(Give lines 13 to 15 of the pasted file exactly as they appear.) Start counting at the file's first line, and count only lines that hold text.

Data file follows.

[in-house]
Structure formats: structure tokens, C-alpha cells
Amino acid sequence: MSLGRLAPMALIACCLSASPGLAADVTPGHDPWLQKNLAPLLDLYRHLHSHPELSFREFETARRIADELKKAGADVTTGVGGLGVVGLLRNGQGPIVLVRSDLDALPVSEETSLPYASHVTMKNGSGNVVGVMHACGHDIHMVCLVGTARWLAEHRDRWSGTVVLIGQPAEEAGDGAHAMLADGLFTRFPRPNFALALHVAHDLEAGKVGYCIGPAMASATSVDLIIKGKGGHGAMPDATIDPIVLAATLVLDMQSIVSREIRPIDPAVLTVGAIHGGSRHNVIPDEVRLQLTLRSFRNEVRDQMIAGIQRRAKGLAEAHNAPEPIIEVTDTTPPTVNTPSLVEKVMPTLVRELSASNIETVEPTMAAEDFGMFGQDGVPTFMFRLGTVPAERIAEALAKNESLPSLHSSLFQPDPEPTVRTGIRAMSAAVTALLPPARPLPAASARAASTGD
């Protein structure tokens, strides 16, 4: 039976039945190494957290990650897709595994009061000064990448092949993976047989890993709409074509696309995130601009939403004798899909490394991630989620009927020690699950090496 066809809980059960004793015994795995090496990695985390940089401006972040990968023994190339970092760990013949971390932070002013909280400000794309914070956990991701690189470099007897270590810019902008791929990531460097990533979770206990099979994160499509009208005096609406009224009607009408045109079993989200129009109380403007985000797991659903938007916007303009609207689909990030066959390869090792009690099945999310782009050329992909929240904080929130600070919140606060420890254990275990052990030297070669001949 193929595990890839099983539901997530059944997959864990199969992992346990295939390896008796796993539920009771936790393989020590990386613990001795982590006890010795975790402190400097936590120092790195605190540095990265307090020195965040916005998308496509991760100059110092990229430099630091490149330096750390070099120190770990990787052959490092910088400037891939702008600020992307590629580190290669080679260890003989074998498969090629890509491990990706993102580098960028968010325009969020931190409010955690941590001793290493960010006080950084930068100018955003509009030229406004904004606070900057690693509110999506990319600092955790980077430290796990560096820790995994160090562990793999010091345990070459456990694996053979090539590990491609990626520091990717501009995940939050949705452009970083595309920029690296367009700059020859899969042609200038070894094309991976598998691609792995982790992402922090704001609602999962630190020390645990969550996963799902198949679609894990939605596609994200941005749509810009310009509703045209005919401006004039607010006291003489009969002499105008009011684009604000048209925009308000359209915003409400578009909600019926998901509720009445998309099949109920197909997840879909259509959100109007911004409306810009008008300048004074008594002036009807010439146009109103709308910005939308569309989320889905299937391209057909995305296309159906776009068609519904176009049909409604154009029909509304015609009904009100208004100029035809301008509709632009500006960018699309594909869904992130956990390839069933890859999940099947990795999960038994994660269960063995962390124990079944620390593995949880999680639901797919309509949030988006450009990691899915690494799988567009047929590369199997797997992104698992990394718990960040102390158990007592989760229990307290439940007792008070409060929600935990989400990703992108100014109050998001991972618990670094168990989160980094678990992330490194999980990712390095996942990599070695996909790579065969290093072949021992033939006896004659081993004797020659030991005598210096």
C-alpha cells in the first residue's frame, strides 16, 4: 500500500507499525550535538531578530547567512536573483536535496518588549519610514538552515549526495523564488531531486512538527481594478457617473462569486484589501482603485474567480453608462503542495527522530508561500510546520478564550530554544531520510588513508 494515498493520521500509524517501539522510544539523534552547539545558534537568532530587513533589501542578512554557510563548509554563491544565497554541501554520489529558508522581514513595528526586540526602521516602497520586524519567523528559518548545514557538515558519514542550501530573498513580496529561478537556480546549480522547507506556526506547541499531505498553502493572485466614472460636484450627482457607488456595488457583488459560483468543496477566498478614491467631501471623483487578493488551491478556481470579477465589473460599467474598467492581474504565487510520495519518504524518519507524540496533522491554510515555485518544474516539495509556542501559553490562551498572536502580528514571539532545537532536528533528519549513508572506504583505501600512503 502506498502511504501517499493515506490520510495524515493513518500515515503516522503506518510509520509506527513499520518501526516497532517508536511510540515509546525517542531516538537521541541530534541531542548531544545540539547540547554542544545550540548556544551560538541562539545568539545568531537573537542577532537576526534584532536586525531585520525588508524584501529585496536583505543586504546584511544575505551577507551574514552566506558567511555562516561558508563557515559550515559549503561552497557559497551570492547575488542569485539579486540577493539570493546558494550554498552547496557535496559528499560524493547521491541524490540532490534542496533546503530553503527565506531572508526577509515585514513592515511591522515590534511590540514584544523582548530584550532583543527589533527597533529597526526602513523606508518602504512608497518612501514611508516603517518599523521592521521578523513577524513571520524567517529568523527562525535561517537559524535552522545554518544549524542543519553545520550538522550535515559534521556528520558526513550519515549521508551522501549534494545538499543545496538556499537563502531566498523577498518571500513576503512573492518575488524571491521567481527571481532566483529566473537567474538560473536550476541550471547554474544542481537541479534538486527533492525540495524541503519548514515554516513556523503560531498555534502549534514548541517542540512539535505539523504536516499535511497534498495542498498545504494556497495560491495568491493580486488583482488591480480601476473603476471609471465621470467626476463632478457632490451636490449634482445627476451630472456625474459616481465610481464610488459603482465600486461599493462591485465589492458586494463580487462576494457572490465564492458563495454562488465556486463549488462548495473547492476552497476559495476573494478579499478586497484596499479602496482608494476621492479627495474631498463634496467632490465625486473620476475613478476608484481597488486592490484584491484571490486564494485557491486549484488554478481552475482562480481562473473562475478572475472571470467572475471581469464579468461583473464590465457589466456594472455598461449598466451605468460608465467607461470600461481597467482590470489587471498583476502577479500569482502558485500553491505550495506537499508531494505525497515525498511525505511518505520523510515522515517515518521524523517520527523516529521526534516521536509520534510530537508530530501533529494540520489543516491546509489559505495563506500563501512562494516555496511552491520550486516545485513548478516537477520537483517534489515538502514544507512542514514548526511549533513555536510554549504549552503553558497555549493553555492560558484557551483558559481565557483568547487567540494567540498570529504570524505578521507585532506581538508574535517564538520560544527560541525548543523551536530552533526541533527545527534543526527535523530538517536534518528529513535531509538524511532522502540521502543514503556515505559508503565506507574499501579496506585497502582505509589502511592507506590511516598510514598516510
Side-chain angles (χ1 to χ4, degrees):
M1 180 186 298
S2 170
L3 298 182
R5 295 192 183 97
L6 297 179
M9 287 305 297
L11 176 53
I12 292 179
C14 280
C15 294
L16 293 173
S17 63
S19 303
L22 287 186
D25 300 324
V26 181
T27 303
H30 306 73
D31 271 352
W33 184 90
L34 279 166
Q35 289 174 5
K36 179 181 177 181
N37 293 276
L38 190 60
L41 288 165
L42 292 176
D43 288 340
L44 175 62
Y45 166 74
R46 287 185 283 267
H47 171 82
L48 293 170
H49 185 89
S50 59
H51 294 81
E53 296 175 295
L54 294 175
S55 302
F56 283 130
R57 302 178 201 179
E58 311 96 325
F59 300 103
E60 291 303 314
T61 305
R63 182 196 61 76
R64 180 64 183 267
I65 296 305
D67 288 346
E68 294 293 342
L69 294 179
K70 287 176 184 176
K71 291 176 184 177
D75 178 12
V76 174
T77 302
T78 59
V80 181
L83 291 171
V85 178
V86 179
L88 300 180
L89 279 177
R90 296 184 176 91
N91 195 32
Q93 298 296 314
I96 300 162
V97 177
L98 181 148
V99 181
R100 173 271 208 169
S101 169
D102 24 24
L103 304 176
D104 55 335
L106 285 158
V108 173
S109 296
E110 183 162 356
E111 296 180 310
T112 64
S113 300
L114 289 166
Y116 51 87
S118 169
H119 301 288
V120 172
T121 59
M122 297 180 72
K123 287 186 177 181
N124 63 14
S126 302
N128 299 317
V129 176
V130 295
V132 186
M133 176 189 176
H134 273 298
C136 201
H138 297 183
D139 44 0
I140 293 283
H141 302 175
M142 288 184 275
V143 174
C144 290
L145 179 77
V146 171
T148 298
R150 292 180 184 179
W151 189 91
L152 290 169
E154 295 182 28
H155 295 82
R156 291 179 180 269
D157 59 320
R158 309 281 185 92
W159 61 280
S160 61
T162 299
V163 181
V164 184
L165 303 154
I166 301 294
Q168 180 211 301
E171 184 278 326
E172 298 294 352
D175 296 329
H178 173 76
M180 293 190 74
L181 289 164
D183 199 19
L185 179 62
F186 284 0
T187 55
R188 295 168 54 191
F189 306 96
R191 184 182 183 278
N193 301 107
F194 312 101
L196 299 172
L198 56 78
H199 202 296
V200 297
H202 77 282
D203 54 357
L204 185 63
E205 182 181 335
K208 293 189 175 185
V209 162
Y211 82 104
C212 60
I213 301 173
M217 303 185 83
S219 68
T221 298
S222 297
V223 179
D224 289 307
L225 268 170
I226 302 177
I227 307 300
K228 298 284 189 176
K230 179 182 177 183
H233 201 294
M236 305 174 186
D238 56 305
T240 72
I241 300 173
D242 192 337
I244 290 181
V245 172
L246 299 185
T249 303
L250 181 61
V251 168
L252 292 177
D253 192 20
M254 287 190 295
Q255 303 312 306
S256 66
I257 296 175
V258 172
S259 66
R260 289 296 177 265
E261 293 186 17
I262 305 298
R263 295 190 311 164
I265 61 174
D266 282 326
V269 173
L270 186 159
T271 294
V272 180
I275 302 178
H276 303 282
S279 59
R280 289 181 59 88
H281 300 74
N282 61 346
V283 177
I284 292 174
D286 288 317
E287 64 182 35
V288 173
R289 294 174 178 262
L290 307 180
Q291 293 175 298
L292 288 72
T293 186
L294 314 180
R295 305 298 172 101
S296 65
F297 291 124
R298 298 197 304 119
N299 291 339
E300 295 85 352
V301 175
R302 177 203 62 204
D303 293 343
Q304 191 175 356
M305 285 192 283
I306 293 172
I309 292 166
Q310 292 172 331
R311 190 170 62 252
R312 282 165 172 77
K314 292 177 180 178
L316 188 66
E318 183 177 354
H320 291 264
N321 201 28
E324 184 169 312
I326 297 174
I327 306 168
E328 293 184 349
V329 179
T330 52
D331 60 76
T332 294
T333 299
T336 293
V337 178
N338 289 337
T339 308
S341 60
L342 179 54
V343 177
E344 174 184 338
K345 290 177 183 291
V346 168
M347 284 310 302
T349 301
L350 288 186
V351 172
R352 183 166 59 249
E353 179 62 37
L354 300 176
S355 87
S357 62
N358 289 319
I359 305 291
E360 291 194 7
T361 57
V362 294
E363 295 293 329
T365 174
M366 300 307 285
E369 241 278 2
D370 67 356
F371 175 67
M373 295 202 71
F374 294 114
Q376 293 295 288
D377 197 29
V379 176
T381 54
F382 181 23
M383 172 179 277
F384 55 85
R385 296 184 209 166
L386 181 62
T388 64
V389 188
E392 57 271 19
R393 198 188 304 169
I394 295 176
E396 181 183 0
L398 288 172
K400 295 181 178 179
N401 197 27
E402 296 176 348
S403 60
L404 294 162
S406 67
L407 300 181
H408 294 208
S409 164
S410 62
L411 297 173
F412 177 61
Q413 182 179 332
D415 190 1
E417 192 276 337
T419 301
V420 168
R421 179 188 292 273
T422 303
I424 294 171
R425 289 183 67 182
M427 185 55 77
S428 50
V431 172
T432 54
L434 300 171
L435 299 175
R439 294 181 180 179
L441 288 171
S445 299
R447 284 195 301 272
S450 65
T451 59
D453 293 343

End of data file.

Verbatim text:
L11 176 53
I12 292 179
C14 280